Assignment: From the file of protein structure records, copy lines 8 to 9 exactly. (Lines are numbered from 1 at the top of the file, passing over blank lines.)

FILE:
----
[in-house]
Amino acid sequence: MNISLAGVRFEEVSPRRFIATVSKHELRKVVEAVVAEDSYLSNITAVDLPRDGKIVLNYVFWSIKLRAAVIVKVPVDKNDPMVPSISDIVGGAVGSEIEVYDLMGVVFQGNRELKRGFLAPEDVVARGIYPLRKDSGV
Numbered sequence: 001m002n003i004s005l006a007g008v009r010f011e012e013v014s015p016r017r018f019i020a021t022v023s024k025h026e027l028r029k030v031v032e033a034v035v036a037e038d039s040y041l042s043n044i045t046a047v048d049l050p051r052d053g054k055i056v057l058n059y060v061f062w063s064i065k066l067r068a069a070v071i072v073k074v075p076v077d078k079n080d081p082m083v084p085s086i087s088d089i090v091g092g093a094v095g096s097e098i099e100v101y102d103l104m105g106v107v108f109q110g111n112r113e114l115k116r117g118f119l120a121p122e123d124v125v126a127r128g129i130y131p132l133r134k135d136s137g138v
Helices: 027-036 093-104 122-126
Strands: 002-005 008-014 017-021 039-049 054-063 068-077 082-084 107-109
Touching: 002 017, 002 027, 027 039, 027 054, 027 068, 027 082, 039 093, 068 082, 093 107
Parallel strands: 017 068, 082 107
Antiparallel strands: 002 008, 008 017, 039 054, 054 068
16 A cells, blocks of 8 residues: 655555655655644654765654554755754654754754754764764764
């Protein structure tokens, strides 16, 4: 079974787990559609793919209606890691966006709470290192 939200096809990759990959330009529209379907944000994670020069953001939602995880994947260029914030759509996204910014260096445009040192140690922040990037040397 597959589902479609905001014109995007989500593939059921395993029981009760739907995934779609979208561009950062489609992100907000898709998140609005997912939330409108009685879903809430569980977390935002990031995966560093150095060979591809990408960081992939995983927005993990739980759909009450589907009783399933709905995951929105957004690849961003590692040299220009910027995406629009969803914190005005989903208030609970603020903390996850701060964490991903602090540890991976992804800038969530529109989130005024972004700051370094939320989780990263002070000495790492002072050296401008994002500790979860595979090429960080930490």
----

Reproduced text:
Antiparallel strands: 002 008, 008 017, 039 054, 054 068
16 A cells, blocks of 8 residues: 655555655655644654765654554755754654754754754764764764